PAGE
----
By Amanda Rose Newton
Lavender has a short season in Florida, as it tends to not be fond of the intense summer heat and humidity that rolls in by May. The time to celebrate this beautiful fragrant herb is now and this makes it a must for March Mocktail Month!
A Lust for Lavender
Prized for its strong, calming scent and beautiful violet-hued flowers, lavender has been cultivated for centuries all over the world. Used in aromatherapy as a calming agent, it helps many lessen anxiety as well as sleep better with a single sniff.
For those who love to cook, lavender is a key ingredient in the infamous herbs de providence spice blend cherished in French cuisine. The flower itself signifies elegance, refinement, and luxury which fits in nicely with the current (hopefully forever) trend of self-care.
The lavender cocktail presented at the end will literally have you drinking in all these positive attributes of the beloved herb.
English, French, or Ornamental? Getting to Know Your Lavenders
English Lavender: The One You Are Probably Thinking Of
When selecting a lavender to grow, it’s important to choose the one best suited to your herbal goals. English lavender is commonly known as the “culinary lavender” and the buds can easily be saved and used for baking cookies, flavoring drinks (as we do here), and in fine European dishes that are sure to impress your guests.
Ideally, Lavendula angustifolia performs best in Zone 5-8, which we are not in. However, we can grow this one during the spring as a short-lived annual.
Your best bet with this one is purchasing dried buds elsewhere if you are only interested in the culinary aspects.
French Lavender: Tres Magnifique!
Performing well in zones 8-11, French lavender is tres bon (very good) for Florida gardeners. As one would expect, French lavender is unapologetically showy, sophisticated, and distinctive.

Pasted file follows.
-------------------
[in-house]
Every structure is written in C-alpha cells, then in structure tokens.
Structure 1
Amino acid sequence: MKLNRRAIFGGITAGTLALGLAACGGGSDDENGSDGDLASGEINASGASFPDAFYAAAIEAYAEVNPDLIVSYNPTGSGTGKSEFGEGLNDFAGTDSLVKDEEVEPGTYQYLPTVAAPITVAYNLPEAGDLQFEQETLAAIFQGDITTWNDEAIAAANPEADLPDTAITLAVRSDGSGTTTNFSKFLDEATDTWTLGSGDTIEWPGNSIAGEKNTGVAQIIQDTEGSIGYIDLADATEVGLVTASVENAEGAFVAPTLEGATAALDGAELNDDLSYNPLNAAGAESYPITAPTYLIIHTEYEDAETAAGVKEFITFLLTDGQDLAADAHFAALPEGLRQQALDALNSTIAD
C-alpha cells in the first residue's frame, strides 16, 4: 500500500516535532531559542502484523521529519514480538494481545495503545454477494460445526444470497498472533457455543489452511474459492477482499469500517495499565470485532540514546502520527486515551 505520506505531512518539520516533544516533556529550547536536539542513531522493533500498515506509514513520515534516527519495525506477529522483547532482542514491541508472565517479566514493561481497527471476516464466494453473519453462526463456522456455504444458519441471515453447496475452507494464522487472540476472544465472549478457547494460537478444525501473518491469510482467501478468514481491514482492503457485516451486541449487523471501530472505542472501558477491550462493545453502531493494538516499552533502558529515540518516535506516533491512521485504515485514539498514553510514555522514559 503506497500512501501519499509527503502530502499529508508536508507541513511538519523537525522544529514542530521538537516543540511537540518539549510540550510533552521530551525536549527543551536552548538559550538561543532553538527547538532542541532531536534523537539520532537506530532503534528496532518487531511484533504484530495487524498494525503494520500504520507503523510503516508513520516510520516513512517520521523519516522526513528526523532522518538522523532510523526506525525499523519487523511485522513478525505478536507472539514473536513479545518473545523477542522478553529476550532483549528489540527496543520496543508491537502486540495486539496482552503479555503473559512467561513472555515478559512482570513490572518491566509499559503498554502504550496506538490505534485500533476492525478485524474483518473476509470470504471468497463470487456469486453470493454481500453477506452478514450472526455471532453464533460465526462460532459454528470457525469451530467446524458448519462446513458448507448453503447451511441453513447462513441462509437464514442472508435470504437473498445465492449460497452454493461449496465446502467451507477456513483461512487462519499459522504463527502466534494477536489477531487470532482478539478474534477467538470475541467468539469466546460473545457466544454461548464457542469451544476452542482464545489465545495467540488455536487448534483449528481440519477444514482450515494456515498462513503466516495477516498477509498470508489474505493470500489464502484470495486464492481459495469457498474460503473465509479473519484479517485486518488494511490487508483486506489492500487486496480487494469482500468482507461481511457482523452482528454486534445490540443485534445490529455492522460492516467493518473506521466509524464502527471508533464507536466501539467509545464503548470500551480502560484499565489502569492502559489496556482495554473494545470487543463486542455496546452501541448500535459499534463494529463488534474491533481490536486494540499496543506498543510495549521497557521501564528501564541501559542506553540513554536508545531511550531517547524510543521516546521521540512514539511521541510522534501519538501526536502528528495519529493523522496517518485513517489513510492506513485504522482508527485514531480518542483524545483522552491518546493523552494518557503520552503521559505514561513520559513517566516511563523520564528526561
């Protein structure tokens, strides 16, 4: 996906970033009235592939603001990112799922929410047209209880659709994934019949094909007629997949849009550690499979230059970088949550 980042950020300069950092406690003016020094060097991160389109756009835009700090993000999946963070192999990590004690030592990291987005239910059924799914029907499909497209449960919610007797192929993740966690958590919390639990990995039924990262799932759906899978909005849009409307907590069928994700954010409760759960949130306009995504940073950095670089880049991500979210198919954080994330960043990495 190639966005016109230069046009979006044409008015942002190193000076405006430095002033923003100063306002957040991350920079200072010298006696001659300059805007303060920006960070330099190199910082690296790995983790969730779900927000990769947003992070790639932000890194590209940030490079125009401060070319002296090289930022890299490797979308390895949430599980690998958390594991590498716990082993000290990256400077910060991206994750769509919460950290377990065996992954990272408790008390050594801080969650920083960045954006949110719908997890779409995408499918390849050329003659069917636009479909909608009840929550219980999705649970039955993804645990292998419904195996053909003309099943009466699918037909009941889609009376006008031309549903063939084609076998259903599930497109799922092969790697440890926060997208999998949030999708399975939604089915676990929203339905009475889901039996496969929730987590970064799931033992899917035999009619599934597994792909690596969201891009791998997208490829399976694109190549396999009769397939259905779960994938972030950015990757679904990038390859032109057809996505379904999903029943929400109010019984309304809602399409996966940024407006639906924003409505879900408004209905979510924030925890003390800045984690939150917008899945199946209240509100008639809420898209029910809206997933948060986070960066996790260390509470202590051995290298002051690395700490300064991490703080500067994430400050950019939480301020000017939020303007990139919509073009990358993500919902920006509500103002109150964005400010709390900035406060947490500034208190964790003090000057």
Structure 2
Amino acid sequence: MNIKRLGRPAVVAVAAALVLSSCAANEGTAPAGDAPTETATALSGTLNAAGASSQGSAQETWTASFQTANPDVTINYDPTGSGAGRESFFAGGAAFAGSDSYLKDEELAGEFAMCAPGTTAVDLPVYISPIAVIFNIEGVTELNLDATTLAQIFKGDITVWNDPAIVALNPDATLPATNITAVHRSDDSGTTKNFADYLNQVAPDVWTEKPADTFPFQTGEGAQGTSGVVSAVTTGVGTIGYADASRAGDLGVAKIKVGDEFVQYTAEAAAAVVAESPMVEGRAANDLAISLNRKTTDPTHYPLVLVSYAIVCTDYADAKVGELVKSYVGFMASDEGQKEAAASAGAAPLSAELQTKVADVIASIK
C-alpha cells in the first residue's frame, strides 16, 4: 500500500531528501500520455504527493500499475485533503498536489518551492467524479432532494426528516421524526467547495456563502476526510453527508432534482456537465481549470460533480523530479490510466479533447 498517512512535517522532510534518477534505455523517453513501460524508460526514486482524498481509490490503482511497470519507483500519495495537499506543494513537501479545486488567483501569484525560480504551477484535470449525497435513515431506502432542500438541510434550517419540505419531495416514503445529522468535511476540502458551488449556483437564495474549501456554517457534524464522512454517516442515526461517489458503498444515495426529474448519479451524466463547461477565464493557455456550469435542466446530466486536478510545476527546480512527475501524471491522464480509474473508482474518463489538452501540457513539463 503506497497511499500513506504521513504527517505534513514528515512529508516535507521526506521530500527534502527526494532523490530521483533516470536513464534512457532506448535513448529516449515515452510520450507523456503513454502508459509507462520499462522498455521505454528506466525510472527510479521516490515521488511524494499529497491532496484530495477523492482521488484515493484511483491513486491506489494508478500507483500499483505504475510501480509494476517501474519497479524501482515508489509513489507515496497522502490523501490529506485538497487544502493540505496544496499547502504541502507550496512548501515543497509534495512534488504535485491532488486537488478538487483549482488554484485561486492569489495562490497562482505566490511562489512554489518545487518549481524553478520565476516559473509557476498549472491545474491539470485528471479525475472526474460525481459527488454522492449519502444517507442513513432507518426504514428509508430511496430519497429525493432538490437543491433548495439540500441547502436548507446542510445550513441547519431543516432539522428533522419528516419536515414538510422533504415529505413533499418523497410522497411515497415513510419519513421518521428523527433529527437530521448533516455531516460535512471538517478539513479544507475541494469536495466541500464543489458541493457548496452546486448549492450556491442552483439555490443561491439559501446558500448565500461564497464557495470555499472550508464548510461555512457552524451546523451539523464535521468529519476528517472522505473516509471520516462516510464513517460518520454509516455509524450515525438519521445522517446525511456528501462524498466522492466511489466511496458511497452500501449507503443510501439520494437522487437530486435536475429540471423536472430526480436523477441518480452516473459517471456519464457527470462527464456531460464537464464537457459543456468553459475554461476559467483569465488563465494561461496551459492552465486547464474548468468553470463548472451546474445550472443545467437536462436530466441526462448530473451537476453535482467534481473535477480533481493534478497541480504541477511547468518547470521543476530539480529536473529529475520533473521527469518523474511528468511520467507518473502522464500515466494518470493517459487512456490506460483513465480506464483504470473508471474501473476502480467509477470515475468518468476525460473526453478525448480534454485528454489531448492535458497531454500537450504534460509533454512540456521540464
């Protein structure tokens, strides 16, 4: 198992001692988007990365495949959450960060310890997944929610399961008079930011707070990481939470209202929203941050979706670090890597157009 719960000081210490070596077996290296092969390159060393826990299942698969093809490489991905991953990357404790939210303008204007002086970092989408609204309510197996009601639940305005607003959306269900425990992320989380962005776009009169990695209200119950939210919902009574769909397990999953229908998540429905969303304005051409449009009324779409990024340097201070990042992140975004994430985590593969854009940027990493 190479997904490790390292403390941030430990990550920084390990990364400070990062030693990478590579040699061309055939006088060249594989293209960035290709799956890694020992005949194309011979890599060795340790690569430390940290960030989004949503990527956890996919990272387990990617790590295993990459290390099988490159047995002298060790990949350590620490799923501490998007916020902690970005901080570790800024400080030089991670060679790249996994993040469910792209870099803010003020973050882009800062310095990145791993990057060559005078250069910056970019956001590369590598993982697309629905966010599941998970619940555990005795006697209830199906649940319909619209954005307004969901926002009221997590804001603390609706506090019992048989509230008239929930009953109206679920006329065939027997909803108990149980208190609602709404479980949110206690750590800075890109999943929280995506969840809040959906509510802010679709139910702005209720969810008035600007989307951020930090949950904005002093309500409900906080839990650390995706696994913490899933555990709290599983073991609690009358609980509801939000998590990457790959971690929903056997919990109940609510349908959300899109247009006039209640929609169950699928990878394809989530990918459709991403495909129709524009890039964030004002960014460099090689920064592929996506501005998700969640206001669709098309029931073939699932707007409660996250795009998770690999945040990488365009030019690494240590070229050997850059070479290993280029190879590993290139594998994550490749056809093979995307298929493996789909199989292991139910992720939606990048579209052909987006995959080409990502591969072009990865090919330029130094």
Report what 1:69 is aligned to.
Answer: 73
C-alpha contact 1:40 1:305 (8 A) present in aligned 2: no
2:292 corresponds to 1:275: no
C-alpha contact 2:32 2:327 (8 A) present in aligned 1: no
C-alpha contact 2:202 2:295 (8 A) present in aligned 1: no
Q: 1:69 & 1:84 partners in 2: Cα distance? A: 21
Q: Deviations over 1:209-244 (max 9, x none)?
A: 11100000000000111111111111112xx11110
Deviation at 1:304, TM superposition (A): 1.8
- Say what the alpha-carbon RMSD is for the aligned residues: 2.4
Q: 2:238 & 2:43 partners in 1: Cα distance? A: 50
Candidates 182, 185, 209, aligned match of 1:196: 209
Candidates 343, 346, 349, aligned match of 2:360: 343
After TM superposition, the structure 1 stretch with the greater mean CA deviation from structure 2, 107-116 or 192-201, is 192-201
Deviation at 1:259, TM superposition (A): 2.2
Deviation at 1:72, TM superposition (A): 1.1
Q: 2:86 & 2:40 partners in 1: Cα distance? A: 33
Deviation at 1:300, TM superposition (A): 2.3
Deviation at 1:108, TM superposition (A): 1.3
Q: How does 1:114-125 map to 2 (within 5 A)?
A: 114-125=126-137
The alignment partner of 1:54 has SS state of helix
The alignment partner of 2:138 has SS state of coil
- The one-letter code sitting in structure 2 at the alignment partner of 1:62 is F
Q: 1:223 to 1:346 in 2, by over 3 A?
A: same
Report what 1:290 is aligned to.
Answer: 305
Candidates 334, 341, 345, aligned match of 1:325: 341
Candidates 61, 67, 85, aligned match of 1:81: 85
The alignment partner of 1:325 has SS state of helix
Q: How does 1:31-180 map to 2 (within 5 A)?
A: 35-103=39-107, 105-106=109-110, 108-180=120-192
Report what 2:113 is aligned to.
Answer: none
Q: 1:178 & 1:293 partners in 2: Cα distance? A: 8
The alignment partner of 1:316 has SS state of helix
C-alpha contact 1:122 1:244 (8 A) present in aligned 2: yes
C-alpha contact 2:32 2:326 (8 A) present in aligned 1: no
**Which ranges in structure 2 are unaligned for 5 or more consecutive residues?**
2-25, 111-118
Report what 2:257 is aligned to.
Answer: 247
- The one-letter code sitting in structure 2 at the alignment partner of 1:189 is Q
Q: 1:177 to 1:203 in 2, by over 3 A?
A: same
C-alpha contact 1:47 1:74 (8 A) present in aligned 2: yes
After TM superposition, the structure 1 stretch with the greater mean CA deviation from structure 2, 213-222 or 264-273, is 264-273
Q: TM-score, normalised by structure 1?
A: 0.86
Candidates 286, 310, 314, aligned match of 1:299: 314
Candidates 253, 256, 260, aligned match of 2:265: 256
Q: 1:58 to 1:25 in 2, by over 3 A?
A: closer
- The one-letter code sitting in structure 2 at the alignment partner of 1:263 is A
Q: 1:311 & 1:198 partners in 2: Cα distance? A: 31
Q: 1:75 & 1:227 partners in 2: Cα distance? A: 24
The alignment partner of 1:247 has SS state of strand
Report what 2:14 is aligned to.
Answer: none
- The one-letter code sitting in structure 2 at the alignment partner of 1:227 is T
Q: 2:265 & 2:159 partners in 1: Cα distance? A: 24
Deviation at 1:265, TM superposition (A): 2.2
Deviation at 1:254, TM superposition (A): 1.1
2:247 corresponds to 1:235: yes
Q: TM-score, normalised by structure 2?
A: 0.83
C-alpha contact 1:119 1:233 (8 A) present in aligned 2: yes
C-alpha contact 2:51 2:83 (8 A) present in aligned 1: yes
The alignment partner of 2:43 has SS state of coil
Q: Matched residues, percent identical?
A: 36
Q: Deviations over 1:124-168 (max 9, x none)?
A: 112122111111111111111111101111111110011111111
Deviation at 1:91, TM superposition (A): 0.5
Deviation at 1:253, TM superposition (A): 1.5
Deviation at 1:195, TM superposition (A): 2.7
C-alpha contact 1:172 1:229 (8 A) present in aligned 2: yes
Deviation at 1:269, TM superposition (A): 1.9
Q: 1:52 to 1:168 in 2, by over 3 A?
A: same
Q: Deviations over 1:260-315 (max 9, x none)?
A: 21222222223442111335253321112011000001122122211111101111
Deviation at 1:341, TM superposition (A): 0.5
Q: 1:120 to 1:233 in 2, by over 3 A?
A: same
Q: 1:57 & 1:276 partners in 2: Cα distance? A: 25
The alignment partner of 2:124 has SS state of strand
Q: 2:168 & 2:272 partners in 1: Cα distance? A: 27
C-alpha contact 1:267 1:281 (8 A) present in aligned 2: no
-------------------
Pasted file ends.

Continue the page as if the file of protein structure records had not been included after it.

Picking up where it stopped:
Also known as fringed lavender, it has silvery fine-toothed leaves with large purple flowers. It has less of the “lavender” smell associated with the English, but the leaves pick up the slack by offering a scent like another Mediterranean favorite, rosemary.
French lavender loves the warm sun and sandy soil we offer, just be sure to keep an eye on it as temperatures heat up late summer.
If you just enjoy the elegant look of lavender, there are several cultivars that not only do well in Florida but provide you with a pop of color in the landscape.
Phenomenal Lavender, which is a cross between English and Portuguese, grows tall and has beautiful flowers that last into fall. Lavandula Pedunculata is another popular variety, with long stems and full flower heads. This makes it an excellent cut flower for bouquets or dried arrangements.
Sweet Lavender, Lavandula Vera, when you can find it, is a great choice for aromatherapy, especially sachets.
Mona Lavender, which is not a true lavender, gives you the same look for less hassle! It also features a sweet scent, though not reminiscent of lavender.
Growing Lavender in Florida
Lavender loves Florida soil, so we can check that off the list! As for light, direct sun, at least 6 hours is optimal, and err on the side of caution when it comes to watering.
Lavender tends to be susceptible to fungi, so leaving it wet can lead to unintended consequences. For all the benefits it provides us, it really doesn’t have many needs. Make sure it stays dry, has sun, and deadhead as needed for best results.
March Mocktail 2: Sparkling Lavender Lemonade
Celebrate Lavender AND Citrus while you can with this all occasions mocktail! Need something harder? Add a shot of vodka to make this a true cocktail.
1 cup lemon juice
1 cup lavender simple syrup
1 cup sparkling water or club soda
1 cup sugar (or stevia substitute)
½ cup Water
1 tbs lavender buds
Optional: Lavender Sugar for Glass Rim
1 tbsp dried lavender
2 cups sugar
For Simple Syrup:
1. Stir together all ingredients in a medium saucepan over medium-high heat
2. Bring to a boil and stir vigorously until sugar is dissolved
3. Refrigerate in a tight-sealing container until ready to use
1. Stir all ingredients (including syrup) in a pitcher until combined
2. Serve in individual glasses (recommend stemless wine glasses) with a sprig of lavender and a sugar rim if feeling fancy.
For (optional) sugar for glass rim:
1. Process lavender in a blender with 1 cup of granulated sugar (or substitute) for 20 seconds
2. Whisk in remaining sugar until well mixed
3. Store in an airtight jar at room temperature
4. Use within 6 months
5. To use, sprinkle on a small plate and dip the rim of a glass (stemless wine glasses work great) in water before dipping into sugar for an instant classy look.